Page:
By Joachim Weickert
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Additional resources for Anisotropic diffusion in image processing
4 (a),(b). -L. 45) leads to a well-posed filter (cf. ). We observe that v is intended as a time-delay regularization of |∂x u|2 where the parameter τ > 0 determines the delay. These equations arise as a special case of the spatio-temporal regularizations of Nitzberg and Shiota  when neglecting any spatial regularization. Mumford conjectures that this model gives piecewise constant steady-states. In this case, the steady-state solution would solve a segmentation problem. (c) In the context of shear flows, Barenblatt et al.
337, 336] observed that this solution looks fairly blurred since the equations contain diffusion terms such as ∆u. They obtained pronounced edges by replacing such a term by its Perona–Malik counterpart div (g(|∇u|2) ∇u). Related equations are also studied in . 61). The system of Richardson and Mitter is used for edge detection . Shah investigates diffusion–reaction systems for matching stereo images , while Proesmans et al. apply coupled diffusion-reaction equations to image sequence analysis, vector-valued images and stereo vision [336, 338].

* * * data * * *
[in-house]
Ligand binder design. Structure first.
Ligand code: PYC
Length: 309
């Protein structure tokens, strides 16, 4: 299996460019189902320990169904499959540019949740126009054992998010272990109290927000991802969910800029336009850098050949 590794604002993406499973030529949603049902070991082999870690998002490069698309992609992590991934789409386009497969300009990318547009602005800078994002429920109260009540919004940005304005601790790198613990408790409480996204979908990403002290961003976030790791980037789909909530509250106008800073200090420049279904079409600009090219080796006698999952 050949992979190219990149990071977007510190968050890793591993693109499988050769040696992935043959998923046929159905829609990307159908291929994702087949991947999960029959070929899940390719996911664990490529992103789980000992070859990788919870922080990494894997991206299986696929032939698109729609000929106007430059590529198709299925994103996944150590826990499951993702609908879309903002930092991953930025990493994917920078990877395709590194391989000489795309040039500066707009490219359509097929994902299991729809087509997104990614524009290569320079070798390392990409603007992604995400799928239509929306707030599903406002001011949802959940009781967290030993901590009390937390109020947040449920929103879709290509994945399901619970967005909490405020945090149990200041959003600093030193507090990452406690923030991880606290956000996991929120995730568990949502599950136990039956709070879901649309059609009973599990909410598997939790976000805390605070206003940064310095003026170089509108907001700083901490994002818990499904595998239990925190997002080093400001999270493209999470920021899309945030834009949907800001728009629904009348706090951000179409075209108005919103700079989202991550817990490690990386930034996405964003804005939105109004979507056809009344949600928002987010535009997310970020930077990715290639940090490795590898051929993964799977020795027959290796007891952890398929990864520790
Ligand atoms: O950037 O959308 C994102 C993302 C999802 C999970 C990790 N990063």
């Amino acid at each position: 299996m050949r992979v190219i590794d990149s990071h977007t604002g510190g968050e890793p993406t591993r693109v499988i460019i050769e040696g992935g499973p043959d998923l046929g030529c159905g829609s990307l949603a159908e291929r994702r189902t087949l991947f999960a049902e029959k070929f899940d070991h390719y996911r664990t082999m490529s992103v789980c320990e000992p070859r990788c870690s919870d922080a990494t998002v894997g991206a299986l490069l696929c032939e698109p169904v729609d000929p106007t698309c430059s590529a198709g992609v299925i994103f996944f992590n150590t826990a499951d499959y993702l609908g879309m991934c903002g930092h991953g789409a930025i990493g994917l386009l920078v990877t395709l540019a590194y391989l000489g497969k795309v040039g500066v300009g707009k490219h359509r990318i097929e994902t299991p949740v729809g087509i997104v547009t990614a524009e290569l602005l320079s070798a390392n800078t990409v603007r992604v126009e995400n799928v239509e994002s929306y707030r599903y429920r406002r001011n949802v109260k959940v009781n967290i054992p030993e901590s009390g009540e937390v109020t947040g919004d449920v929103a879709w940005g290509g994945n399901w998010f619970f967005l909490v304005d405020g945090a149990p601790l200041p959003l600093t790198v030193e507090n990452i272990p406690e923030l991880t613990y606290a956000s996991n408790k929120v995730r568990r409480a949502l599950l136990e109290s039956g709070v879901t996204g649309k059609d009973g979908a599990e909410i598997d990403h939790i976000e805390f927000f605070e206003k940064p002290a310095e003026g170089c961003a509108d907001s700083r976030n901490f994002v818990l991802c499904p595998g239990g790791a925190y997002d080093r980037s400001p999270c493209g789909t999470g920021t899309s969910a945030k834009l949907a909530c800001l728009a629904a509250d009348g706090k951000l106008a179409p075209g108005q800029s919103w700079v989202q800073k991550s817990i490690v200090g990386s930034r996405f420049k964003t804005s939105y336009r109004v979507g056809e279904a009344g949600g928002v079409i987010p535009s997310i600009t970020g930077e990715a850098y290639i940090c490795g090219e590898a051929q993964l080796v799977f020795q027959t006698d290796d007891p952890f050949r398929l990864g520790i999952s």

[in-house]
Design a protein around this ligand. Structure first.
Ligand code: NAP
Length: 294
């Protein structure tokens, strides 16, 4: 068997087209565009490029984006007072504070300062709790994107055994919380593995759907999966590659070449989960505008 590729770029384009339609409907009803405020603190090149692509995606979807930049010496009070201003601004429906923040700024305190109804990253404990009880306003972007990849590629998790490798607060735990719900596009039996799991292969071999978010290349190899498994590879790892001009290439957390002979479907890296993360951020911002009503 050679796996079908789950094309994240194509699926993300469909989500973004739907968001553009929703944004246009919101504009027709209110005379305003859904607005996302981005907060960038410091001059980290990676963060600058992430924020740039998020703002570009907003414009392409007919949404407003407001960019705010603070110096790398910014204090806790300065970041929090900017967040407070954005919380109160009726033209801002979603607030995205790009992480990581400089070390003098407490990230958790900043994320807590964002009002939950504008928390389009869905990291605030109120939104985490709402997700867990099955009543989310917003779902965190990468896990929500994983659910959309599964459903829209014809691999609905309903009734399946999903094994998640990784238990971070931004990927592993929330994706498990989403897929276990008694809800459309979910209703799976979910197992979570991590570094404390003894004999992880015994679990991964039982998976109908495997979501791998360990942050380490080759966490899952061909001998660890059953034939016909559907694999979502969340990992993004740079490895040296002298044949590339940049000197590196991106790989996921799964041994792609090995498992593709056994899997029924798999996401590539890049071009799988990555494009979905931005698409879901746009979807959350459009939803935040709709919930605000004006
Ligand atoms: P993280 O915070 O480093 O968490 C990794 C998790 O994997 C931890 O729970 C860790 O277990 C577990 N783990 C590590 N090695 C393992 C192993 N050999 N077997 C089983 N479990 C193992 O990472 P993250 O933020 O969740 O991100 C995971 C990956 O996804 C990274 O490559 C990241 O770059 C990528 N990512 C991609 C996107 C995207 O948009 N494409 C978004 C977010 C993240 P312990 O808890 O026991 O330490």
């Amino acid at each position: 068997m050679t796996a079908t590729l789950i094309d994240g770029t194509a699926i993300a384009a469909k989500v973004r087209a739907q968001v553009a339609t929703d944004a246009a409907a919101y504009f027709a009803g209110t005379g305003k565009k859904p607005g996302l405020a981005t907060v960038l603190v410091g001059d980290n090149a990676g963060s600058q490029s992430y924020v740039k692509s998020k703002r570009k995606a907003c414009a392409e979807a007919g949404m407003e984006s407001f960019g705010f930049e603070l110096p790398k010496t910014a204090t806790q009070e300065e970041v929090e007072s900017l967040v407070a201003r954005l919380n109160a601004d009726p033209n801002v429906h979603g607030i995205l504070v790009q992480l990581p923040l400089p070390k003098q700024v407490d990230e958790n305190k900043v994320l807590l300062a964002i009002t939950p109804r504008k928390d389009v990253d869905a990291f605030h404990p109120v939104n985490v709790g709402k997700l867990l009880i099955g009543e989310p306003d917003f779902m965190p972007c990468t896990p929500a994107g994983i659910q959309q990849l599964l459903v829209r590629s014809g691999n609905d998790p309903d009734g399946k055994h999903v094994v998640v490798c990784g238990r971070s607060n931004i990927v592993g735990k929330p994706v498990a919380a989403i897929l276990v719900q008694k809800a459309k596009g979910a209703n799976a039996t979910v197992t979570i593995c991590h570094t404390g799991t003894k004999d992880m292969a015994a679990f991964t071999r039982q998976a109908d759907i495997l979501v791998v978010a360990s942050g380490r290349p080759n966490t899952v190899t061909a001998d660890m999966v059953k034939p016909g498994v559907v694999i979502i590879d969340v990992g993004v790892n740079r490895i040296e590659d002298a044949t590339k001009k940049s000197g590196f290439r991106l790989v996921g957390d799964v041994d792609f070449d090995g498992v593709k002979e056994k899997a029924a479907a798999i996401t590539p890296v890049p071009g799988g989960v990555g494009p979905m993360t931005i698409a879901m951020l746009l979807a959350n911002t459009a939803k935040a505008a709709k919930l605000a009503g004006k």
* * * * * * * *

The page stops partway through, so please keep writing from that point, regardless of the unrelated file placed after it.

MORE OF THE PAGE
It is solved by means of nonlinear Gauß– Seidel iterations. Comparing it with the explicit scheme they report a tradeoff between the larger time step size and the higher computational effort per step. An inherent problem of all finite difference schemes for morphological image evolutions are their dissipative effects which create additional blurring of discontinuities. As a remedy, one can decompose the image into binary level sets, map them into Lipschitz-continuous images by applying a distance transformation, and run a finite difference method on them.
Anisotropic diffusion in image processing by Joachim Weickert